2a,3,4,4a,5,6,9,io,ii,i2,i2a,i2b-dodecahydro-iH-7,ii-methanocyclodeca[3,4]benzoti,2- b]oxet-9-yl)oxy)-3-((tert-butoxycarbonyl)amino)-i-oxo-3-phenylpropan-2-yl (2,3- bis(tetradecanoyloxy)propyl) succinate :

Et3N (35 [i , 0.25 mmol, 2.50 equiv.), followed by the Mukaiyama reagent (33 mg, 0.13 mmol, 1.30 equiv.), was added to an ice-cold CH2C12 (1 mL) solution of docetaxel (81 mg, 0.10 mmol) and hemisuccinate 19 (74 mg, 0.12 mmol, 1.20 equiv.) in a dry round bottom flask under argon. The reaction mixture was allowed to warm up over 14 h, then concentrated on a rotary evaporator. The crude was purified by flash column

chromatography (25 mL Si02, 8ο:2θ→5θ:5θ hexanes/EtOAc) to afford a clear, colourless oil as desired conjugate LD22-DTX (63 mg, 45% yield).

Ή NMR (300 MHz, CDCI3): δ 8.13 (d, J = 7.2 Hz, 2H), 7.67-7.58 (m, lH), 7.57-7.47 (m, 2H), 746-736 (m, 2H), 7-36-7-26 (m, 3H), 6.30-6.14 (m, lH), 5.70 (d, J = 7.2 Hz, lH), 5.60-5.41 (m, 2H), 5.36 (br s, lH), 4.97 (d, J = 8.4 Hz, lH), 4.40-4.07 (m, 9H), 3.94 (d, J = 6.7 Hz, lH), 2.80-2.51 (m, 6H), 2.43 (s, 3H), 2.32 (t, J = 7.4 Hz, 6H), 1.95-1-81 (m, 3H), 1.94 (s, 3H), 1.69-1.53 (m, 5H), 1.14 (s, 3H), 1.41-1.18 (m, 54H), 1.14 (s, 3H), 0.89 (br t, J = 6.6 Hz, 6H).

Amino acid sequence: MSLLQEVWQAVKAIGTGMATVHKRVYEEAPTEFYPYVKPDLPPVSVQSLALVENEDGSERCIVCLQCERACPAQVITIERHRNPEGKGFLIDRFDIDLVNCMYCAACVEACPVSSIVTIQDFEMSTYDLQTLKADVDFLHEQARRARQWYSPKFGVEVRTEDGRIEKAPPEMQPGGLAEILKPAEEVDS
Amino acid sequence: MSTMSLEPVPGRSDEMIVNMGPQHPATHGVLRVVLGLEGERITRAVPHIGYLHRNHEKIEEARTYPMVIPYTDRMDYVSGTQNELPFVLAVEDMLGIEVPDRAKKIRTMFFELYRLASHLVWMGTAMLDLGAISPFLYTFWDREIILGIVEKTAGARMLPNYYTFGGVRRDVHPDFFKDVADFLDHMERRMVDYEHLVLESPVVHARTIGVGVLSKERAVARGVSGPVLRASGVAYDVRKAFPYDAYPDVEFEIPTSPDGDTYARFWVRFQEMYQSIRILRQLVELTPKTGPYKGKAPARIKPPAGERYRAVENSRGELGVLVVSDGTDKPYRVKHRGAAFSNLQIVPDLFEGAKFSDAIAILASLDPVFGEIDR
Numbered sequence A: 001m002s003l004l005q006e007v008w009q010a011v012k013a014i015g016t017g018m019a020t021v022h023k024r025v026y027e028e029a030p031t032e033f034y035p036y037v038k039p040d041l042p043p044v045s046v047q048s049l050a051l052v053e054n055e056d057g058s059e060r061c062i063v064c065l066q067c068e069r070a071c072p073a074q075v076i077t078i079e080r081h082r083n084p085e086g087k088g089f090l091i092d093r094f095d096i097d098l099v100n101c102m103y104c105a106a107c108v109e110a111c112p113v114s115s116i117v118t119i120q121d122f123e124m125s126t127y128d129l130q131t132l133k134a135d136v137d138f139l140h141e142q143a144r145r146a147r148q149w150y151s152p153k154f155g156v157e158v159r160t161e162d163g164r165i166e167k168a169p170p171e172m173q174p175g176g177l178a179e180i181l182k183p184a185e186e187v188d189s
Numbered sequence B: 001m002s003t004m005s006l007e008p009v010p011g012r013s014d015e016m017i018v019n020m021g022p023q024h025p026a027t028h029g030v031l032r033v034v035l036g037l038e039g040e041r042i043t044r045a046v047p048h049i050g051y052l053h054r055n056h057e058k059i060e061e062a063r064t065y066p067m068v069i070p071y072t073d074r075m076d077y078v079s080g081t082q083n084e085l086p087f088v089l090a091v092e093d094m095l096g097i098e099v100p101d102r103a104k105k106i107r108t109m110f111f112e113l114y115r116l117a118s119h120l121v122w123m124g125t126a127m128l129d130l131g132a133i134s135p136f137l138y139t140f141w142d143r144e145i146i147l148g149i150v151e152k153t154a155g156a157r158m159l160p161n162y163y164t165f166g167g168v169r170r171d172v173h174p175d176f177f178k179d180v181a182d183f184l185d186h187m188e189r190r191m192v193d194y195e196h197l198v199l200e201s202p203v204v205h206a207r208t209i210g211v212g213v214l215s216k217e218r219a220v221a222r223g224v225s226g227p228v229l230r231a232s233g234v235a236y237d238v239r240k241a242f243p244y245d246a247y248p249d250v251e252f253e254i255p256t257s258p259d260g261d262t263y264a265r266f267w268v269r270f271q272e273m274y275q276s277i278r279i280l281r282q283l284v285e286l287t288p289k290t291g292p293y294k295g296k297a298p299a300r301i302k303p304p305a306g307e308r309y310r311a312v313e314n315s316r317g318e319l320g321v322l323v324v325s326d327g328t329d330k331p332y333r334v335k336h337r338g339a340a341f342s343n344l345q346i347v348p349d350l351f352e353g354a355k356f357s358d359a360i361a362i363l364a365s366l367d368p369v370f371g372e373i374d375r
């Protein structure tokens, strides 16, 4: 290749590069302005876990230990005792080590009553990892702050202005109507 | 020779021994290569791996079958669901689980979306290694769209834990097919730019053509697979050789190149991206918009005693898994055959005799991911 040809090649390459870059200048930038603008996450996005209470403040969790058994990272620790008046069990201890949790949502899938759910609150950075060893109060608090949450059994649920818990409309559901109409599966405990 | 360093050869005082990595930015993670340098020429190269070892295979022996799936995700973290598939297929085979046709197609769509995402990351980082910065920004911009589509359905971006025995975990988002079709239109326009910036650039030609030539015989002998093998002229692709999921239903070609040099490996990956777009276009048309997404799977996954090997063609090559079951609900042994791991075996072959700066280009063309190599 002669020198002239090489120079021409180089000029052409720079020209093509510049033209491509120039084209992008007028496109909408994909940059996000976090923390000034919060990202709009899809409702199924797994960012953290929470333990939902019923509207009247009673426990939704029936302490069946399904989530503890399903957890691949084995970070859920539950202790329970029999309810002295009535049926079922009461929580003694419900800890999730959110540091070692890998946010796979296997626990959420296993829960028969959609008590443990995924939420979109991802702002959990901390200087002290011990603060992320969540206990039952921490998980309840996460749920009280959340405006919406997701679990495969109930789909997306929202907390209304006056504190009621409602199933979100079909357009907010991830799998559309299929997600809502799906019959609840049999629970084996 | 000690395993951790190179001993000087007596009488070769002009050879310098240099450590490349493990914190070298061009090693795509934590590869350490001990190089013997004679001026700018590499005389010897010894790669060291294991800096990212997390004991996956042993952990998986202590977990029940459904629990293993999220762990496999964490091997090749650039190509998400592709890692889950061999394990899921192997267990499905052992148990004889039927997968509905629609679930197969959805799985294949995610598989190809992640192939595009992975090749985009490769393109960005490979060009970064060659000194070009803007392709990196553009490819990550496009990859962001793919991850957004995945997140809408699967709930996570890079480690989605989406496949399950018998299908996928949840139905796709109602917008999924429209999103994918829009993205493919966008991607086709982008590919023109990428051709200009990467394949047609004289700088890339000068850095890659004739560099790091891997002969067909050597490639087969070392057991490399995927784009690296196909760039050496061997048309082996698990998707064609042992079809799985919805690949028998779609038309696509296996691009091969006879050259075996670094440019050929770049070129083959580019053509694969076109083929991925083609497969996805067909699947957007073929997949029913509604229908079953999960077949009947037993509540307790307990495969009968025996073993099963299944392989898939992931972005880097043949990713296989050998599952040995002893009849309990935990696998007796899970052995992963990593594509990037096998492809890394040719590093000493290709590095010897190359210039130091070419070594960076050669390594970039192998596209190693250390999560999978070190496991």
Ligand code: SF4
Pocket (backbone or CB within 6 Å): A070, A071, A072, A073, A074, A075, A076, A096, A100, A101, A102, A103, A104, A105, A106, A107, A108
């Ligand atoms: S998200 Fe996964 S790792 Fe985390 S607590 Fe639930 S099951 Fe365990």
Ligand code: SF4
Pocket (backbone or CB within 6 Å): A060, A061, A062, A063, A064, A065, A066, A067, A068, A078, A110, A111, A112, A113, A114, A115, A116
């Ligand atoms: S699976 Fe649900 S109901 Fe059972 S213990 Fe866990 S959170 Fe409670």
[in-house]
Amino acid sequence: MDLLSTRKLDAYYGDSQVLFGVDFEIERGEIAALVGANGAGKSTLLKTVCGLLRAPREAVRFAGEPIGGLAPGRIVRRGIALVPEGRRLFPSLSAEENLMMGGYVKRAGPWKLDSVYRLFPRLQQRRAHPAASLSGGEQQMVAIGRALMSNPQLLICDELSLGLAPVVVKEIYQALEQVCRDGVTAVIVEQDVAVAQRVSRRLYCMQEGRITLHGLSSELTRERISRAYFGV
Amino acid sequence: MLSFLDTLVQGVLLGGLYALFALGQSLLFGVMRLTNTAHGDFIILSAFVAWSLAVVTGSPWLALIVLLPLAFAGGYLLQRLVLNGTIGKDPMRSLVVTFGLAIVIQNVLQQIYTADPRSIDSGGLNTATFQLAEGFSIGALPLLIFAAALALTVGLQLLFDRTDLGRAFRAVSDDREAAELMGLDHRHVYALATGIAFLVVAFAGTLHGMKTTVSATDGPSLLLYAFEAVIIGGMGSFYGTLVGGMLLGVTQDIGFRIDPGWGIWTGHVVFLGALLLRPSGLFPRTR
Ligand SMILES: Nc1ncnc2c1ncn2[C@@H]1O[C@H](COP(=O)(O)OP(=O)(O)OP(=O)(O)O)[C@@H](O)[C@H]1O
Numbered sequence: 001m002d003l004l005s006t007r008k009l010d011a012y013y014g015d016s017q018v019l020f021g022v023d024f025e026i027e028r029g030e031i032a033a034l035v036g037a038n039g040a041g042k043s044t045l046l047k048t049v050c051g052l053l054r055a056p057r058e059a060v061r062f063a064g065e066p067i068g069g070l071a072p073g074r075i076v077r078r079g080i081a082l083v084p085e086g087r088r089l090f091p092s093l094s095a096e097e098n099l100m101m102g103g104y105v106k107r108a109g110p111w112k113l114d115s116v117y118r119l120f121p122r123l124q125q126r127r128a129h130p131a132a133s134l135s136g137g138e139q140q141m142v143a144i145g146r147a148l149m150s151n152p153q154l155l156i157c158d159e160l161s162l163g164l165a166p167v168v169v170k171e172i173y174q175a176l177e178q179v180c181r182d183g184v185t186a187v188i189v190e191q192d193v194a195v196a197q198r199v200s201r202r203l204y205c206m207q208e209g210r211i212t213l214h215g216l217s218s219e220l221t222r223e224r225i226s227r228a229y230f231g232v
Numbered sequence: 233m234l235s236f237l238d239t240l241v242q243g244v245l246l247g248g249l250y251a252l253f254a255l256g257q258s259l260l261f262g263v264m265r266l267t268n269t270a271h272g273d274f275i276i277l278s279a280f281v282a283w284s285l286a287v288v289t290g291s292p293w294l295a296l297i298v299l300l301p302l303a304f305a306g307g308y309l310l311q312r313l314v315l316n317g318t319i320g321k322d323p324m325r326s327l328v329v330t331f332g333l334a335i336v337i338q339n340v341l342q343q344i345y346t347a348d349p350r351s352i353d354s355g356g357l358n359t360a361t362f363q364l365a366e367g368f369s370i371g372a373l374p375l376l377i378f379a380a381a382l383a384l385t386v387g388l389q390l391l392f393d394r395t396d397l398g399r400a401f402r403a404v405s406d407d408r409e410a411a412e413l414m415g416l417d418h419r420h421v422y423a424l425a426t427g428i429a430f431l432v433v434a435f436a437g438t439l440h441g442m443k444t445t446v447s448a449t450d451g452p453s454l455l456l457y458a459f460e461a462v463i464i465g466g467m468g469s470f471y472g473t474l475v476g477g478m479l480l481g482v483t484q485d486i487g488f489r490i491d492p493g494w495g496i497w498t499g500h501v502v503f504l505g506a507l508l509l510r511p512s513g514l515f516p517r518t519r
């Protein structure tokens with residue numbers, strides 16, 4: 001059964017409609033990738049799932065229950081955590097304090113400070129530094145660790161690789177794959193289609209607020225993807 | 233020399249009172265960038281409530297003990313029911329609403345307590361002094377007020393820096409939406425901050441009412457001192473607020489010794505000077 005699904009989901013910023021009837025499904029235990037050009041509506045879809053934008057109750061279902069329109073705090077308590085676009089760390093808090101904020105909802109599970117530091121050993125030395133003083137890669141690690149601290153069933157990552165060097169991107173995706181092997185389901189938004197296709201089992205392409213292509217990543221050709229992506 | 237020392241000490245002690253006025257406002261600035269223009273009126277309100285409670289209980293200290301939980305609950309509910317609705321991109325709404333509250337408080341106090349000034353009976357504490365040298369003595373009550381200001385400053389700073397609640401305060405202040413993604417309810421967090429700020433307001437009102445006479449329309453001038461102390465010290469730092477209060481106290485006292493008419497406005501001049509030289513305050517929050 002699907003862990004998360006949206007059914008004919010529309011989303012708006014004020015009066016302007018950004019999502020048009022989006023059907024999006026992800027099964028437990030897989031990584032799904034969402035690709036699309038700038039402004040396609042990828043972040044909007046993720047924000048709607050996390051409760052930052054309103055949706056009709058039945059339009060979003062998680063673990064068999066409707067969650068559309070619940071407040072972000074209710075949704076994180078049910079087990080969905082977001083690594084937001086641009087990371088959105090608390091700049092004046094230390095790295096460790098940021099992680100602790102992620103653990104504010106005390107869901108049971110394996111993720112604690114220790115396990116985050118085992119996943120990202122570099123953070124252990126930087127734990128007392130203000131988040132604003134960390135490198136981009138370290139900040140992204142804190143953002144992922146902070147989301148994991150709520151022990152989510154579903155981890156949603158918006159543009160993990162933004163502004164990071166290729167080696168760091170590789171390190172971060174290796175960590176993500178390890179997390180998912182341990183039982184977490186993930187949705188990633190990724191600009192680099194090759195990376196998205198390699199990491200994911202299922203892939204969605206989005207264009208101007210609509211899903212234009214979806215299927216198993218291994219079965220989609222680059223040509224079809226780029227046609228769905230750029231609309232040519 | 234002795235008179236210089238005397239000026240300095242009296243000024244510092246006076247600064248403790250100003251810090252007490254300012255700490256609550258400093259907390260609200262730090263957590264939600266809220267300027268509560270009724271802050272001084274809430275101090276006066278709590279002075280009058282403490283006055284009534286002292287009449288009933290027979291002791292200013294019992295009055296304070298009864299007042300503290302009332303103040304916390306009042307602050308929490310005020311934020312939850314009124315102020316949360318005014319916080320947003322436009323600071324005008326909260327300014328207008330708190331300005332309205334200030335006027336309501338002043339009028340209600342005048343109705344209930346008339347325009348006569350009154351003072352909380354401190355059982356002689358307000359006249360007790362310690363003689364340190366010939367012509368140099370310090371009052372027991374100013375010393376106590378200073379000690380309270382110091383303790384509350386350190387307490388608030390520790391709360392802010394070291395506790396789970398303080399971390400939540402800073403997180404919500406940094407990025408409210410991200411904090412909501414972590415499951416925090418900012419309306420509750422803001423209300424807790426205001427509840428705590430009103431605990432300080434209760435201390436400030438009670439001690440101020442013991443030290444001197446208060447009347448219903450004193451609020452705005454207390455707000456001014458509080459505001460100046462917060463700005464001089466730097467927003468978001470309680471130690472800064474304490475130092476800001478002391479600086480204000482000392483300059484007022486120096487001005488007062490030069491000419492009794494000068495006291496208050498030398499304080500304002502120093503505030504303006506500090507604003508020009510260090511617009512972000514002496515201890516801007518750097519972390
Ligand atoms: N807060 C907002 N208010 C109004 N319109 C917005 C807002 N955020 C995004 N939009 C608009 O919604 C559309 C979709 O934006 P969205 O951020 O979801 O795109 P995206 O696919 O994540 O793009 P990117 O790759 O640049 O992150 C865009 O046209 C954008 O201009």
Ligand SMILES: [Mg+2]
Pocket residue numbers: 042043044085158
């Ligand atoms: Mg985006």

SCHEME 23: Scheme for synthesis of LD23-DTX, (2R,3S)-i-

(((2ai?,4S,4a5,6i?,9S,ii5,i25,i2a ,i2bS)-i2b-acetoxy-i2-(benzoyloxy)-4,6,ii-trihydroxy- 4a,8,i3,i3-tetramethyl-5-oxo-2a,3,4,4a,5,6,9,io,ii,i2,i2a,i2b-dodecahydro-iH-7,n- methanocyclodeca[3,4]benzo[i,2-b]oxet-9-yl)oxy)-3-((tert-butoxycarbonyl)amino)-i-oxo- 3-phenylpropan-2-yl (2,3-bis(oleoyloxy)propyl) succinate.

LD23-DTX: (2R,35)-i-(((2aR,4S,4a5,6R,9S,iiS,i2S,i2aR,i2bS)-i2b-acetoxy-i2- (benzoyloxy)-4,6,n-trihydroxy-4a,8,i3,i3-tetramethyl-5-oxo-

2a,3,4,4a,5,6,9,lo,ii,i2,i2a,i2b-dodecahydro-lH-7,il-methanocyclodeca[3,4]benzo[i,2- b]oxet-9-yl)oxy)-3-((tert-butoxycarbonyl)amino)-l-oxo-3-phenylpropan-2-yl (2,3- bis(oleoyloxy)propyl) succinate: